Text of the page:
- American Physical Society Sites
- Meetings & Events
- Policy & Advocacy
- Careers In Physics
- About APS
- Become a Member
Jerome Neufeld, Dominic Vella, Herpert Huppert, and John Lister
ITG, DAMTP, University of Cambridge, England
Concern for the long-term fate of the Earth’s climate has increased in recent years, with many studies linking the increased atmospheric concentrations of carbon dioxide (CO2) with the rise in global mean annual temperature. One route to significant reductions in the CO2 emissions from stationary sources, such as power plants, is the capture and storage of large volumes of CO2 in the subsurface: so-called geological carbon sequestration. If geological carbon sequestration is to be implemented on a large scale, one key question is will it leak back to the surface and, if so, how quickly?
In several current implementations of carbon capture and storage (CCS), carbon dioxide emitted from stationary sources is collected and compressed before being injected into porous rock at depths of 1 km or more beneath the Earth’s surface. There the CO2, which is less dense than the salty water or brine it displaces, rises until it is stopped by a relatively impermeable cap rock such as a mudstone or clay. Its rise impeded, the injected CO2 then spreads laterally driven by its own buoyancy, much as honey spreads when poured onto toast.
As it spreads laterally, the CO2 current will come into contact with a large area of the overlying cap rock; any flaws in the cap rock are thus likely to be discovered by the current and could lead to leakage. These flaws may be natural, such as faults or fractures in the cap rock, or man-made, such as abandoned drilling wells. The magnitude and speed of leakage depend both on the geometry of the fault and on the characteristics of the reservoir.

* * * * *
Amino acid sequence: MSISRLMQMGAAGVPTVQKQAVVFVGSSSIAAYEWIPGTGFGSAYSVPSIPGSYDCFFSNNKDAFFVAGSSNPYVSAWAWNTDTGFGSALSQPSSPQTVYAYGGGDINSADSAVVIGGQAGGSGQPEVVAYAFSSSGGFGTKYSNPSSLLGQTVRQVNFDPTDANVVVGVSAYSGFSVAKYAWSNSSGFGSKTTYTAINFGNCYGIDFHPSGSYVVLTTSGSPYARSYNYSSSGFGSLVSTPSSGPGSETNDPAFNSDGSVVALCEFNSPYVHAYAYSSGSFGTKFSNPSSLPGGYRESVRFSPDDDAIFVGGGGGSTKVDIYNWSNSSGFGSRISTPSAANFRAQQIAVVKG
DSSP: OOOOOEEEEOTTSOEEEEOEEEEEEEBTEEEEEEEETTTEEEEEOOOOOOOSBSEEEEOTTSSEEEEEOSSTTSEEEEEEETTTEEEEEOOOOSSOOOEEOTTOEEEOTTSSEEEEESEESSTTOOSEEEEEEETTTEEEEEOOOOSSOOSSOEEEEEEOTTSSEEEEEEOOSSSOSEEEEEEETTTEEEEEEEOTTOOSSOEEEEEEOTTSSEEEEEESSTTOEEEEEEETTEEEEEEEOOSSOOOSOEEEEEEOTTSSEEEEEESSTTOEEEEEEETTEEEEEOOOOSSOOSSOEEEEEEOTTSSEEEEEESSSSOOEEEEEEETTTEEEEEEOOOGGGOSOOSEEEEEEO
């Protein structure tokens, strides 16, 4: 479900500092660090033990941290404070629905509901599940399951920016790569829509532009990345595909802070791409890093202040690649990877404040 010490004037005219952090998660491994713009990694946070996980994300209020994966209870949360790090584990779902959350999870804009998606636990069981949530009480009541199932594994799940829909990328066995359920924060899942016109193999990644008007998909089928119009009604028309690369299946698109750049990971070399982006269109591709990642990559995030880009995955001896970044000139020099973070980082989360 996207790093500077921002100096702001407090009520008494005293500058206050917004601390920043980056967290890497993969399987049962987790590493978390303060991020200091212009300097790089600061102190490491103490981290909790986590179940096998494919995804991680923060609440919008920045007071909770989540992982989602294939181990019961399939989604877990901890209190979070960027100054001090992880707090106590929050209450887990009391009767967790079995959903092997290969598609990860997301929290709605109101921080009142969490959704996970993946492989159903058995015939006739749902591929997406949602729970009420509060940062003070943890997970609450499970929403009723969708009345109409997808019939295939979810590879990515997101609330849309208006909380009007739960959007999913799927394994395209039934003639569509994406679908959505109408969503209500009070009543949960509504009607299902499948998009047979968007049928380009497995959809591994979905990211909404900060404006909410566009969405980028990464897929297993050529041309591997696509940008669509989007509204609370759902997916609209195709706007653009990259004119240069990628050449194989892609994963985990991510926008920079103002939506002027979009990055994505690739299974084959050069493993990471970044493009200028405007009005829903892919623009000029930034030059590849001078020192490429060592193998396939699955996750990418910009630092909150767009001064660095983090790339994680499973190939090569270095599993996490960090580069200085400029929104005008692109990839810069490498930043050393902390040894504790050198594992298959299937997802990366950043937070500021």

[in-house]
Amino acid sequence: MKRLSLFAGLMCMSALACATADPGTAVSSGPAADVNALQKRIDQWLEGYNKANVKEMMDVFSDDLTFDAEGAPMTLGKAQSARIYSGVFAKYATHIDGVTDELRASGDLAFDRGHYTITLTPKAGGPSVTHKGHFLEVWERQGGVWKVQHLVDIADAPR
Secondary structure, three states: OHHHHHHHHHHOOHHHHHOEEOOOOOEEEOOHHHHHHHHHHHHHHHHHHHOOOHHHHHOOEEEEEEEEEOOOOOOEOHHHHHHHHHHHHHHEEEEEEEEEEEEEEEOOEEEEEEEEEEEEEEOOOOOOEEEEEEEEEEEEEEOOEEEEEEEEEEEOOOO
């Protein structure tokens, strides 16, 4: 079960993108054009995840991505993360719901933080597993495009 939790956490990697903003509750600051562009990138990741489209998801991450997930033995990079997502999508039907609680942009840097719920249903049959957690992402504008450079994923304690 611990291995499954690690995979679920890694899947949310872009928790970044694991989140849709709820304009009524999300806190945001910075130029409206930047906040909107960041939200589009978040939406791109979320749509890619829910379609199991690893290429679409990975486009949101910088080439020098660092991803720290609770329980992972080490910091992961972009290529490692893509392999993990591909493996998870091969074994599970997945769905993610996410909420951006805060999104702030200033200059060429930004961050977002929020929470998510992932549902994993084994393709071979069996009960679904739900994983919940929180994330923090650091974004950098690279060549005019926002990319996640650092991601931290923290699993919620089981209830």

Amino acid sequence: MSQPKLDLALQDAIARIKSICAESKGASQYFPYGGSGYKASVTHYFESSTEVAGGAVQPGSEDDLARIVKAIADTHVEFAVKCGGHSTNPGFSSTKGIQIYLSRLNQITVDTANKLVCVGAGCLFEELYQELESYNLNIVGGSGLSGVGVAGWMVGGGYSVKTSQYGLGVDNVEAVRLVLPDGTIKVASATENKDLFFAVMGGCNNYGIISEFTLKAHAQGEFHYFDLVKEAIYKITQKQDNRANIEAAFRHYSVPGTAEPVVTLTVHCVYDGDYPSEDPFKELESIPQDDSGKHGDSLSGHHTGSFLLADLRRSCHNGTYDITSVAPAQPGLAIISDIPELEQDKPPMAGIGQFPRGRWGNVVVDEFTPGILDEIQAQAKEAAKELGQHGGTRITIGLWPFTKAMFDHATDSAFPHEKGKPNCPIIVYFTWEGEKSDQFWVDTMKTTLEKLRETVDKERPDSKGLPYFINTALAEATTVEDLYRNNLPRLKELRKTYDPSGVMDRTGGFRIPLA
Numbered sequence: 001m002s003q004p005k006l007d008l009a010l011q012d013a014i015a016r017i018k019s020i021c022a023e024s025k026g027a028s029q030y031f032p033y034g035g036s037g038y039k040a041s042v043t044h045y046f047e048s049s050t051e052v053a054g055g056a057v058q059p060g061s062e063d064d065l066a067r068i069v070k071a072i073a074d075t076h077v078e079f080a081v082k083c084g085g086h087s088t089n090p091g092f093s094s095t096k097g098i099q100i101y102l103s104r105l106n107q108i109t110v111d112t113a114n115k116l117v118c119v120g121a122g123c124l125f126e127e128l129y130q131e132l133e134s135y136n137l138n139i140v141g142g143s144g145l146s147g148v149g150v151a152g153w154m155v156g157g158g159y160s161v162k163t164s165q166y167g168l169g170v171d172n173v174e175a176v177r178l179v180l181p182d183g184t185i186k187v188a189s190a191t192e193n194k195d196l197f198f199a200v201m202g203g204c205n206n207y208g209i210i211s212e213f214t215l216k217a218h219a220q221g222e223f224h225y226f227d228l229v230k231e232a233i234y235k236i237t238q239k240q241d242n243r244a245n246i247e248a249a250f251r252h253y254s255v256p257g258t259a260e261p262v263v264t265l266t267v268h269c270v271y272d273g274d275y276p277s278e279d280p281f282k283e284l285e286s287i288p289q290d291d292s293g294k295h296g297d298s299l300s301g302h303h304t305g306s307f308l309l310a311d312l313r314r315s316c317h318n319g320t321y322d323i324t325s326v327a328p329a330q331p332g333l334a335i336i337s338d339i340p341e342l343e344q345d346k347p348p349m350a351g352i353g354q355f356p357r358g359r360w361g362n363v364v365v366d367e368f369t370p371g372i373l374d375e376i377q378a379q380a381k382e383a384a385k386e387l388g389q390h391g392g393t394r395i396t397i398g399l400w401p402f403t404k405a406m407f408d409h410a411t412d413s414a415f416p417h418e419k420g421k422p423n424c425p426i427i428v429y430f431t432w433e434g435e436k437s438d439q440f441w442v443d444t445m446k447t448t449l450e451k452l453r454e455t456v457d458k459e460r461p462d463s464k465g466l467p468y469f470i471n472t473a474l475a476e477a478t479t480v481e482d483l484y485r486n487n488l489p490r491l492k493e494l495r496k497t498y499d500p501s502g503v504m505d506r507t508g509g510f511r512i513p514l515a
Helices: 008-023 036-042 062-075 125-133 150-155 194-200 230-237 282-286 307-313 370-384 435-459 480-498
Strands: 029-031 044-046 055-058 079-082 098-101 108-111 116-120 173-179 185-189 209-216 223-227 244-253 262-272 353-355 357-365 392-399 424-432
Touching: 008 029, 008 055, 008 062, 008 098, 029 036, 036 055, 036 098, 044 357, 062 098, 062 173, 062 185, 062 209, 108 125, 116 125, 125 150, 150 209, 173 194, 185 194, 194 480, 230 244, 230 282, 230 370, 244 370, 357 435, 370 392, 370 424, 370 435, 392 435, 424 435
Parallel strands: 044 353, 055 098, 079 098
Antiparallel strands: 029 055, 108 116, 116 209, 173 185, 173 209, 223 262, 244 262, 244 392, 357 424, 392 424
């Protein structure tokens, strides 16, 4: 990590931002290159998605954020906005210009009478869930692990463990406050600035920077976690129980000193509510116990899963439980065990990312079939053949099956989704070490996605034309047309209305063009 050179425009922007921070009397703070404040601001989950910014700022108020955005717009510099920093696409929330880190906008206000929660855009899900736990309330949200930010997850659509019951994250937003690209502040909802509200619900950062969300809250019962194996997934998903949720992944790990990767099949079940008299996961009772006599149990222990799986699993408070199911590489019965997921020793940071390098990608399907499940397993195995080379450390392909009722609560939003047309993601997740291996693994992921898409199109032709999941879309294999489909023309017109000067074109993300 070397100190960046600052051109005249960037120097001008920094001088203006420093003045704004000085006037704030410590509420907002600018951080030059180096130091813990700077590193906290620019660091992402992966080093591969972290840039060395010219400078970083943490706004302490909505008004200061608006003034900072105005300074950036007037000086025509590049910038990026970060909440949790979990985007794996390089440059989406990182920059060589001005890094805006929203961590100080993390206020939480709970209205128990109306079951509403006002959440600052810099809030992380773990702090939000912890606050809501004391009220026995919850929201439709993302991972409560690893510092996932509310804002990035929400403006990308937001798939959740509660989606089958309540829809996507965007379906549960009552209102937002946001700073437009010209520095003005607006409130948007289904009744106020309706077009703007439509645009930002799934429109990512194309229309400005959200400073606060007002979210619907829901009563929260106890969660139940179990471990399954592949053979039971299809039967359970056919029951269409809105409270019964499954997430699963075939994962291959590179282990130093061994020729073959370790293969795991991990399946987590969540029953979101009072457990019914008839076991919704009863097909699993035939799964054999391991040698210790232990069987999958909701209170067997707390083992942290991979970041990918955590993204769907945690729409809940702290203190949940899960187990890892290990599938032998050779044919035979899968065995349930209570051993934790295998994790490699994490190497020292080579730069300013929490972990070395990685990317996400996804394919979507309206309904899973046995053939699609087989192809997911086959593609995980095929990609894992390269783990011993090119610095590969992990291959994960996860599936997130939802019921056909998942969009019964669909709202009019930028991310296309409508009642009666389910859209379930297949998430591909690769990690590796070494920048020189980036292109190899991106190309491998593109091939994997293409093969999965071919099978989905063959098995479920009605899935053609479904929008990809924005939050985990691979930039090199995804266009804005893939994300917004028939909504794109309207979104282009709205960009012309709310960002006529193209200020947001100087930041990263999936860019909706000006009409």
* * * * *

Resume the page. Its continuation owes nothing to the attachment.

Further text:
Our work aims to study leakage in different scenarios (e.g., from a well-bore, or fault) by using analogue laboratory experiments combined with theoretical models to describe the flow of the CO2 current. A useful measure of the long term effectiveness of a geological storage site is the efficiency of storage, which we define as the ratio of permanently stored to injected CO2. If fluid never leaks from the reservoir the efficiency of storage is 100%. However, if fluid leaks from the reservoir the efficiency of storage decreases with time. Our models determine the dependence of the efficiency of storage on the geometry of a single leak and also on the time since the spreading CO2 current ‘discovered’ the leakage site. In each of the scenarios we have considered to date, we find that the efficiency of storage decreases indefinitely: ultimately a state is reached in which CO2 leaks at exactly the same rate as it is pumped in! Though this may sound like bad news for CCS, the crucial factor is the time taken for the efficiency of storage to decay to, say, 50%. Our study also predicts this time scale for several different scenarios.
What then are the implications for CO2 sequestration? The time scales involved in leakage are large – large enough that a further series of processes by which the CO2 may be permanently stored may have time to become significant. For example, as the CO2 current spreads a portion of the CO2 is trapped within the small pores of the rock, much as water is retained within a sponge. In addition, as the CO2 current spreads it dissolves into the brine already within the rock forming a mixture that is more dense than either the CO2 or the brine. This mixture therefore sinks to the base of the reservoir where it is stably sequestered. On even longer time scales CO2 may react with the host rock, forming mineral deposits, immobilising the CO2 permanently. In conclusion, while leakage may occur, the rates involved may be slow enough that the majority of injected CO2 will stay securely trapped beneath the surface.